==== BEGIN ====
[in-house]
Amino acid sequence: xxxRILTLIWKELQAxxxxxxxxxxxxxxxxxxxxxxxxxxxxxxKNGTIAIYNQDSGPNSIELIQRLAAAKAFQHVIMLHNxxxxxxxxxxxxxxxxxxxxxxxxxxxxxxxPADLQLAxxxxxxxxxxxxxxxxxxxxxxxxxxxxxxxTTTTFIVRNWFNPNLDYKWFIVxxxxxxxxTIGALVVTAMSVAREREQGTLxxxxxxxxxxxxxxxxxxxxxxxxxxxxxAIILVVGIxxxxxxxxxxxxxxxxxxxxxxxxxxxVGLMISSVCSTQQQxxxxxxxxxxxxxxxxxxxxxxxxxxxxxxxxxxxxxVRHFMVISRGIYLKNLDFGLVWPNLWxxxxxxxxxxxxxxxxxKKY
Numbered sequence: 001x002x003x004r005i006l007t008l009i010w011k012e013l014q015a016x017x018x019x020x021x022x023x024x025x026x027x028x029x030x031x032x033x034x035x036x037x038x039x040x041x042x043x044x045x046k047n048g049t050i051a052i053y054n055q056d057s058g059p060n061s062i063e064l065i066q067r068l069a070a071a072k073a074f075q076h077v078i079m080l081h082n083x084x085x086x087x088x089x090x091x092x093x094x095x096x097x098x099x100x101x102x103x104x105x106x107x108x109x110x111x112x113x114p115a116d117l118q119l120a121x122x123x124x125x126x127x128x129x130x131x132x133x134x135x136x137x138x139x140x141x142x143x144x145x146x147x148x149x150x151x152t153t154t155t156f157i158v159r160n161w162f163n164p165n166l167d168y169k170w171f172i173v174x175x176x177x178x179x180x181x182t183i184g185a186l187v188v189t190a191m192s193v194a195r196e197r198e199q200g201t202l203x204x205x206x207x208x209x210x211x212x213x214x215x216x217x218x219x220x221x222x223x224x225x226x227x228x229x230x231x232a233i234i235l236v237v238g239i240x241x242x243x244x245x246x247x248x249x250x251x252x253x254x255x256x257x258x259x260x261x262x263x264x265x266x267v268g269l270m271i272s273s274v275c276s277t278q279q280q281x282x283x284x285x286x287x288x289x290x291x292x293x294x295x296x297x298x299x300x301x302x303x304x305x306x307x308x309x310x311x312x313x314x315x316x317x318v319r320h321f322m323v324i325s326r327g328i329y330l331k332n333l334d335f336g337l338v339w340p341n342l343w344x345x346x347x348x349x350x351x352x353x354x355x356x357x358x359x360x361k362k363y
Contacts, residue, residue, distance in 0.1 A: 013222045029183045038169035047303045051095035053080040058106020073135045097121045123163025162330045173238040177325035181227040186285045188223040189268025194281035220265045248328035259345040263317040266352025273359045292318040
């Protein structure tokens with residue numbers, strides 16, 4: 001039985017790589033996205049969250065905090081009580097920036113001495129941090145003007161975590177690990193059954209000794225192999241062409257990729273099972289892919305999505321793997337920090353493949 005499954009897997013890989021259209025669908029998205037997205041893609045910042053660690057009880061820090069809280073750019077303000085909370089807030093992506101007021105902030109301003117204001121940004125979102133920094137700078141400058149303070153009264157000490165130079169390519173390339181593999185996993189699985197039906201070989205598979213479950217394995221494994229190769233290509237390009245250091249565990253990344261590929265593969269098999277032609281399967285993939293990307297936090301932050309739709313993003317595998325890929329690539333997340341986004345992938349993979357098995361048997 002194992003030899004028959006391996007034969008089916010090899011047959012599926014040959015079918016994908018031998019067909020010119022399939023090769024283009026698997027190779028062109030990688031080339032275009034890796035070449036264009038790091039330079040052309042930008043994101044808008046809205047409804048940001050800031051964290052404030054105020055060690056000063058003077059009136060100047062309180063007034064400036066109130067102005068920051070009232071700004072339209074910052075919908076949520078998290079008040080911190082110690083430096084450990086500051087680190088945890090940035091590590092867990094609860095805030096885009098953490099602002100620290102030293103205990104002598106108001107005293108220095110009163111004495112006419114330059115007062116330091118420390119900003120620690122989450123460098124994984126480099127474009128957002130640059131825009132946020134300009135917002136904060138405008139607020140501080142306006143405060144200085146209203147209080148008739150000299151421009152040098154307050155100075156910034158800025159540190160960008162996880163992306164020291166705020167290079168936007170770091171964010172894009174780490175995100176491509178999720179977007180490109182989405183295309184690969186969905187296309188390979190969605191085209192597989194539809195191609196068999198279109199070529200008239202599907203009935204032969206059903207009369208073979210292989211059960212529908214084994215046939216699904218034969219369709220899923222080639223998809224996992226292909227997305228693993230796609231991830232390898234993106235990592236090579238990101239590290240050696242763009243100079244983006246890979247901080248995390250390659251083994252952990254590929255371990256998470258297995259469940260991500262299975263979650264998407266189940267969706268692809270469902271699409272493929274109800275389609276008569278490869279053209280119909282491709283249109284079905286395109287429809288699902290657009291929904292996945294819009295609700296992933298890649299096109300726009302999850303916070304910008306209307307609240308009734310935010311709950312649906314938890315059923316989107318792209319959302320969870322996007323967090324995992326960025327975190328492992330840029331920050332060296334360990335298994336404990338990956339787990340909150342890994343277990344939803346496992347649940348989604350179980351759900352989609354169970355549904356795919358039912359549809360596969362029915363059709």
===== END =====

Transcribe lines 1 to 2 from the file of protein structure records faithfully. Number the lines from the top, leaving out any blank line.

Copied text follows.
[in-house]
Amino acid sequence: xxxRILTLIWKELQAxxxxxxxxxxxxxxxxxxxxxxxxxxxxxxKNGTIAIYNQDSGPNSIELIQRLAAAKAFQHVIMLHNxxxxxxxxxxxxxxxxxxxxxxxxxxxxxxxPADLQLAxxxxxxxxxxxxxxxxxxxxxxxxxxxxxxxTTTTFIVRNWFNPNLDYKWFIVxxxxxxxxTIGALVVTAMSVAREREQGTLxxxxxxxxxxxxxxxxxxxxxxxxxxxxxAIILVVGIxxxxxxxxxxxxxxxxxxxxxxxxxxxVGLMISSVCSTQQQxxxxxxxxxxxxxxxxxxxxxxxxxxxxxxxxxxxxxVRHFMVISRGIYLKNLDFGLVWPNLWxxxxxxxxxxxxxxxxxKKY